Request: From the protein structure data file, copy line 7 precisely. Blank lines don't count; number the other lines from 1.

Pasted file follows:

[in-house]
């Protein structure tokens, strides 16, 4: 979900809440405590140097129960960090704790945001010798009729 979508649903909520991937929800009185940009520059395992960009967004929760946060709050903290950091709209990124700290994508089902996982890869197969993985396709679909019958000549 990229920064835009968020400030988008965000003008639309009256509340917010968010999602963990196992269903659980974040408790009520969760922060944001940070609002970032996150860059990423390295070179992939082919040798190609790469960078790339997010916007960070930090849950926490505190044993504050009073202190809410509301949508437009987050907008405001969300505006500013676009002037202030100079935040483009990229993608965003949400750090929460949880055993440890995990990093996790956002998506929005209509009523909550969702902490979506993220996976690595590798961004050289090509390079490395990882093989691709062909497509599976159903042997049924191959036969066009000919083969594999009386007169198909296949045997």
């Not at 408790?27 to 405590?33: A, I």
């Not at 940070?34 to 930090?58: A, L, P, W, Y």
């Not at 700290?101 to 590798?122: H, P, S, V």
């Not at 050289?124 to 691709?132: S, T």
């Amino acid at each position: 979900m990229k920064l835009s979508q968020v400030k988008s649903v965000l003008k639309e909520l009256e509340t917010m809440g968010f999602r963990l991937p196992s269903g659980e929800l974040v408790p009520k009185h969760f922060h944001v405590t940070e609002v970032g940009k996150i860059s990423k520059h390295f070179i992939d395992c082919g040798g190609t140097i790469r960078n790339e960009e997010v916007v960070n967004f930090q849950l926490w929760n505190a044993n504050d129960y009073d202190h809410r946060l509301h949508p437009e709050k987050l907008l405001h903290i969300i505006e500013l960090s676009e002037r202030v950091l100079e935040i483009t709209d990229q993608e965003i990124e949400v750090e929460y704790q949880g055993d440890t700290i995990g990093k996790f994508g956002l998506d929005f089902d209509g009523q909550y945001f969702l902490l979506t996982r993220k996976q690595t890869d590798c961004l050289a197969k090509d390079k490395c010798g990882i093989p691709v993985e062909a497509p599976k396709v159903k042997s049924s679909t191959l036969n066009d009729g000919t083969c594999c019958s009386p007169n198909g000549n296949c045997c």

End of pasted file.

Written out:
């Amino acid at each position: 979900m990229k920064l835009s979508q968020v400030k988008s649903v965000l003008k639309e909520l009256e509340t917010m809440g968010f999602r963990l991937p196992s269903g659980e929800l974040v408790p009520k009185h969760f922060h944001v405590t940070e609002v970032g940009k996150i860059s990423k520059h390295f070179i992939d395992c082919g040798g190609t140097i790469r960078n790339e960009e997010v916007v960070n967004f930090q849950l926490w929760n505190a044993n504050d129960y009073d202190h809410r946060l509301h949508p437009e709050k987050l907008l405001h903290i969300i505006e500013l960090s676009e002037r202030v950091l100079e935040i483009t709209d990229q993608e965003i990124e949400v750090e929460y704790q949880g055993d440890t700290i995990g990093k996790f994508g956002l998506d929005f089902d209509g009523q909550y945001f969702l902490l979506t996982r993220k996976q690595t890869d590798c961004l050289a197969k090509d390079k490395c010798g990882i093989p691709v993985e062909a497509p599976k396709v159903k042997s049924s679909t191959l036969n066009d009729g000919t083969c594999c019958s009386p007169n198909g000549n296949c045997c």